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Boone and Crockett Club on the State of Big Game

As the organization that was founded by Theodore Roosevelt to reverse the decline of big game populations more than a century ago and has tracked their recovery ever since, the Boone and Crockett Club today reflects on the tremendous strides that have been made in wildlife and habitat conservation over the past several decades. Its records data points to a bright future for North American big game and the sportsmen who are responsible for their abundance.

The Club recently concluded its triennial Big Game Awards, which established several new benchmarks in conservation success that the Boone and Crockett Club feels is cause for celebration.

"Impressive, remarkable and revealing," said Boone and Crockett Club President Timothy C. Brady. "In all the years the Club has been hosting these events, the quality and quantity of the trophies that were on display, and the others taken within this Awards Period, were over the top and should be a measure of pride and hope for all sportsmen."

The Club began hosting public exhibitions of big-game trophies in 1947. Today these events coincide with the three-year recording period for its next records book. The theme of this year's event was, North American Big Game, More and Healthier Than Ever, Under the Watchful Eye of Sportsmen. Within the Club's three-year recording period (2016-2018) there were two new World's Records and an astounding 40 new state and provincial records set from 33 categories of native North American big game.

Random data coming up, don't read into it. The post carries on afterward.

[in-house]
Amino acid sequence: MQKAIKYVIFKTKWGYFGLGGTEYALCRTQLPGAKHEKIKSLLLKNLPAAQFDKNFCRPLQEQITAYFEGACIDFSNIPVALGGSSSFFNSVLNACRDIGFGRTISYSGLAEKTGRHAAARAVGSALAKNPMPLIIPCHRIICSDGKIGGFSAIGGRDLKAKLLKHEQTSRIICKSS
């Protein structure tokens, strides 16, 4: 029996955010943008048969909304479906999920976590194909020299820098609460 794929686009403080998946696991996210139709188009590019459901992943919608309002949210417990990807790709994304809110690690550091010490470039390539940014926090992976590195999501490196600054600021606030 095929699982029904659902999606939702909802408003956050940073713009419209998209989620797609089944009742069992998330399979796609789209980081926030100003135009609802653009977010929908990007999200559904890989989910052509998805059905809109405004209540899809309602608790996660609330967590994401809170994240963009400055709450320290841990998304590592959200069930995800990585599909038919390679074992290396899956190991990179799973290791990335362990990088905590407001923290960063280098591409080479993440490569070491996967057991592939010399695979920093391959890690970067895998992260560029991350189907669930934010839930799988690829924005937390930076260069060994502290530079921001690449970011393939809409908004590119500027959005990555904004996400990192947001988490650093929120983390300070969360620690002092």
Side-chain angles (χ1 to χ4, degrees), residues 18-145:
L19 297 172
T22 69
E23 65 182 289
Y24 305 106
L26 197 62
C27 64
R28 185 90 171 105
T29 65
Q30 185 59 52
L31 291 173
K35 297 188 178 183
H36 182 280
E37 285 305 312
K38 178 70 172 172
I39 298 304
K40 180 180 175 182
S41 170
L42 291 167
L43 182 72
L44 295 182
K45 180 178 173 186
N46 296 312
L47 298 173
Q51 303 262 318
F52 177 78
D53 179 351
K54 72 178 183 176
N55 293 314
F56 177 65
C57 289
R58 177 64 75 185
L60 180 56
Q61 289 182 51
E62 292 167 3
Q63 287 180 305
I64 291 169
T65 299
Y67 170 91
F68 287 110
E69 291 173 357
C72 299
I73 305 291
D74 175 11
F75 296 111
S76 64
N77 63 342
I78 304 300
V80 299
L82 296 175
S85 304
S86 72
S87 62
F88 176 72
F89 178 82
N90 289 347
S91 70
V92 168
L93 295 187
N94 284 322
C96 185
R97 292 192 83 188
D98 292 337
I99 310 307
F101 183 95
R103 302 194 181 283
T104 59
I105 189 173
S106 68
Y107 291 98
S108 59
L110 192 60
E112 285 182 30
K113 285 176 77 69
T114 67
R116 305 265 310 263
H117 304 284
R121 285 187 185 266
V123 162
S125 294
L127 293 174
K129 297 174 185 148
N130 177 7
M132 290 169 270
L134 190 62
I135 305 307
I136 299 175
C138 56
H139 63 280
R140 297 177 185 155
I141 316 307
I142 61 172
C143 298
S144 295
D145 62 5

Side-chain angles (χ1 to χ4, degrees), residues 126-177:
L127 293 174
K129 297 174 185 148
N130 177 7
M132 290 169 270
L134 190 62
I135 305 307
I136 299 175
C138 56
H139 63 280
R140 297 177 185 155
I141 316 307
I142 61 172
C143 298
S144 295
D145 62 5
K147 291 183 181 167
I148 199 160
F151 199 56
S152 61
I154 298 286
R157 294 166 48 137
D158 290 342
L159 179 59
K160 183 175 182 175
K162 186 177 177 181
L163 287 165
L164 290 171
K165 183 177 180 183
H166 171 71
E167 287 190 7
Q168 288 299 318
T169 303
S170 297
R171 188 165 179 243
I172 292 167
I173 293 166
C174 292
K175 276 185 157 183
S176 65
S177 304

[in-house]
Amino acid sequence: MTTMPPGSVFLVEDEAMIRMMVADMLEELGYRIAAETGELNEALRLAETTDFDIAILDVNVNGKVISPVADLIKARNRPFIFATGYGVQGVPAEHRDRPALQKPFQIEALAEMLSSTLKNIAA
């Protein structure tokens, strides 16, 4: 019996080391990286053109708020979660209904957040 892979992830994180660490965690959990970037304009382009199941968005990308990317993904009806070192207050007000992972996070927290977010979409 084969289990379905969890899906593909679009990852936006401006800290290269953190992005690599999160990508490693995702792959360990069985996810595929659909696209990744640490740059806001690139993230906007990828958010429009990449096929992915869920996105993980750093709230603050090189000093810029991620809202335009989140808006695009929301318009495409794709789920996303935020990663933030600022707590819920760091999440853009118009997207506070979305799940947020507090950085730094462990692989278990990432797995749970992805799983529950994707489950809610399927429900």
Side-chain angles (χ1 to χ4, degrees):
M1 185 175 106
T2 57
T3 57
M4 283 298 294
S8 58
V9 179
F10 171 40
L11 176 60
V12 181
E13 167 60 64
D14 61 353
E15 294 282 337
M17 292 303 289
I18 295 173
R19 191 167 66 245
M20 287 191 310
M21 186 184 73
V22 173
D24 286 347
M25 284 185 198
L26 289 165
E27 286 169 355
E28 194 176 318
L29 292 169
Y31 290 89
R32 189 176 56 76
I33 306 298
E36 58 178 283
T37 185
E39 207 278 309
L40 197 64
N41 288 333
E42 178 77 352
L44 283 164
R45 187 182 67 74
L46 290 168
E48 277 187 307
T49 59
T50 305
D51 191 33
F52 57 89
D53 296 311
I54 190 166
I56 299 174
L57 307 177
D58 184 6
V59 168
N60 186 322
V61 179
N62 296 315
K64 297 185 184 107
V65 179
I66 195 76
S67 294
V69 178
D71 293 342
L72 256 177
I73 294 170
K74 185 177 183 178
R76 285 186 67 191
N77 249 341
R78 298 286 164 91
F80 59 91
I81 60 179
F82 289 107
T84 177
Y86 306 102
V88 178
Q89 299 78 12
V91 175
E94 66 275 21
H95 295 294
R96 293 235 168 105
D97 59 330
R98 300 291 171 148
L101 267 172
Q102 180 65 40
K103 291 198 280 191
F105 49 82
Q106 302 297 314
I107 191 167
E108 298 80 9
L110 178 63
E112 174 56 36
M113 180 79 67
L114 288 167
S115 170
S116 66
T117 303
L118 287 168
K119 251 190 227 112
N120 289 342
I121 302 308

The honorees at this event were the trophies that symbolize the success of modern wildlife conservation and management. Game herds that produce large, mature male specimens reflect population health, habitat quality and a low mortality. They are the result of the decision sportsmen made more than a century ago to conserve these precious natural resources for future generations.

Brady said, "We know this to be true because the Club was there at the beginning of the conservation movement that arose to prevent losing many of these species to extinction.  After more than a century of record keeping, our data reflects the amazing recovery of game species and is positive proof that the majority of these species are doing remarkably well today."

"With the numerous historically high ranking trophies that have been taken in just the past three years, the question we get asked the most is why so many trophies?" explained Justin Spring, the Club's director of big game records. "Speculation ranges from more advanced technology, better hunters, older and more selective hunters, more areas managed for trophy quality, and individuals focusing on habitat improvements on their own. I would say, all could be playing a factor, but the place to start is we simply have this quality of game today to begin with."

Spring added, "No one who attended this event thinks the hey day of big game hunting is something of the past. There is one species however we are concerned about and paying close attention to and that's our caribou."

Hunters led the restoration, conservation, and management practices that brought many big-game species from vanishing to flourishing, and Spring expects our wildlife and science experts, with the support of sportsmen and others to do the same for caribou that are needing a helping hand today.

More information on the Boone and Crockett Club 30th Big Game Awards and a listing of the new state and provincial records visit: